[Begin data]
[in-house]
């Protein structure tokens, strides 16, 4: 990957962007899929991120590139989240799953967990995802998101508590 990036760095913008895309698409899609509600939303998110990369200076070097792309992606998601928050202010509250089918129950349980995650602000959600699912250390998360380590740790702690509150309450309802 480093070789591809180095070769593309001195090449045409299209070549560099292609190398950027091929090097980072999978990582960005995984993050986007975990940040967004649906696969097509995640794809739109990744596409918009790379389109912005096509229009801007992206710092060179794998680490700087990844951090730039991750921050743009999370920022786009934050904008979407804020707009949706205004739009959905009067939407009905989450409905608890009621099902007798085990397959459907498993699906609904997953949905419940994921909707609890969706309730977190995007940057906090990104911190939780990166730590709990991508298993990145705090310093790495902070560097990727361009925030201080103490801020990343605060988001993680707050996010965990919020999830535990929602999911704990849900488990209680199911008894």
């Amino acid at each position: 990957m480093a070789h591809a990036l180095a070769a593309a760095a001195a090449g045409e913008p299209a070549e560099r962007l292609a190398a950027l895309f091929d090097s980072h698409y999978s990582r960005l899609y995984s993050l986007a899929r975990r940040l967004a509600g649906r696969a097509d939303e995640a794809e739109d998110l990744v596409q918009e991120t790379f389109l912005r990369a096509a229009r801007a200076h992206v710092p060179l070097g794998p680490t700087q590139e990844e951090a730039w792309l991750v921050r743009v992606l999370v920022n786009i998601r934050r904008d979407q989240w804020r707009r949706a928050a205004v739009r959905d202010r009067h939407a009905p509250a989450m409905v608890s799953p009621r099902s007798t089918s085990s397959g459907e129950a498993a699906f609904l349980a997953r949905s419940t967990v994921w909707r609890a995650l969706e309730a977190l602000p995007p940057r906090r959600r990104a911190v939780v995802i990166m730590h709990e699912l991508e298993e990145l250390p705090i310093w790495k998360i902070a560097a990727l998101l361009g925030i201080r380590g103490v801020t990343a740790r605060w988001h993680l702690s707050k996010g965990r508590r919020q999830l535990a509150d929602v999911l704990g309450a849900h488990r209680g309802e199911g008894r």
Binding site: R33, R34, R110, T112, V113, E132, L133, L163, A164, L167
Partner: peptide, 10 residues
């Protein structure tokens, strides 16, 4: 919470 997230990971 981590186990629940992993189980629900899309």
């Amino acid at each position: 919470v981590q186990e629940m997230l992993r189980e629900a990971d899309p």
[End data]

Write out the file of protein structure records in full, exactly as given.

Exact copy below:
[in-house]
């Protein structure tokens, strides 16, 4: 990957962007899929991120590139989240799953967990995802998101508590 990036760095913008895309698409899609509600939303998110990369200076070097792309992606998601928050202010509250089918129950349980995650602000959600699912250390998360380590740790702690509150309450309802 480093070789591809180095070769593309001195090449045409299209070549560099292609190398950027091929090097980072999978990582960005995984993050986007975990940040967004649906696969097509995640794809739109990744596409918009790379389109912005096509229009801007992206710092060179794998680490700087990844951090730039991750921050743009999370920022786009934050904008979407804020707009949706205004739009959905009067939407009905989450409905608890009621099902007798085990397959459907498993699906609904997953949905419940994921909707609890969706309730977190995007940057906090990104911190939780990166730590709990991508298993990145705090310093790495902070560097990727361009925030201080103490801020990343605060988001993680707050996010965990919020999830535990929602999911704990849900488990209680199911008894």
């Amino acid at each position: 990957m480093a070789h591809a990036l180095a070769a593309a760095a001195a090449g045409e913008p299209a070549e560099r962007l292609a190398a950027l895309f091929d090097s980072h698409y999978s990582r960005l899609y995984s993050l986007a899929r975990r940040l967004a509600g649906r696969a097509d939303e995640a794809e739109d998110l990744v596409q918009e991120t790379f389109l912005r990369a096509a229009r801007a200076h992206v710092p060179l070097g794998p680490t700087q590139e990844e951090a730039w792309l991750v921050r743009v992606l999370v920022n786009i998601r934050r904008d979407q989240w804020r707009r949706a928050a205004v739009r959905d202010r009067h939407a009905p509250a989450m409905v608890s799953p009621r099902s007798t089918s085990s397959g459907e129950a498993a699906f609904l349980a997953r949905s419940t967990v994921w909707r609890a995650l969706e309730a977190l602000p995007p940057r906090r959600r990104a911190v939780v995802i990166m730590h709990e699912l991508e298993e990145l250390p705090i310093w790495k998360i902070a560097a990727l998101l361009g925030i201080r380590g103490v801020t990343a740790r605060w988001h993680l702690s707050k996010g965990r508590r919020q999830l535990a509150d929602v999911l704990g309450a849900h488990r209680g309802e199911g008894r």
Binding site: R33, R34, R110, T112, V113, E132, L133, L163, A164, L167
Partner: peptide, 10 residues
């Protein structure tokens, strides 16, 4: 919470 997230990971 981590186990629940992993189980629900899309």
């Amino acid at each position: 919470v981590q186990e629940m997230l992993r189980e629900a990971d899309p």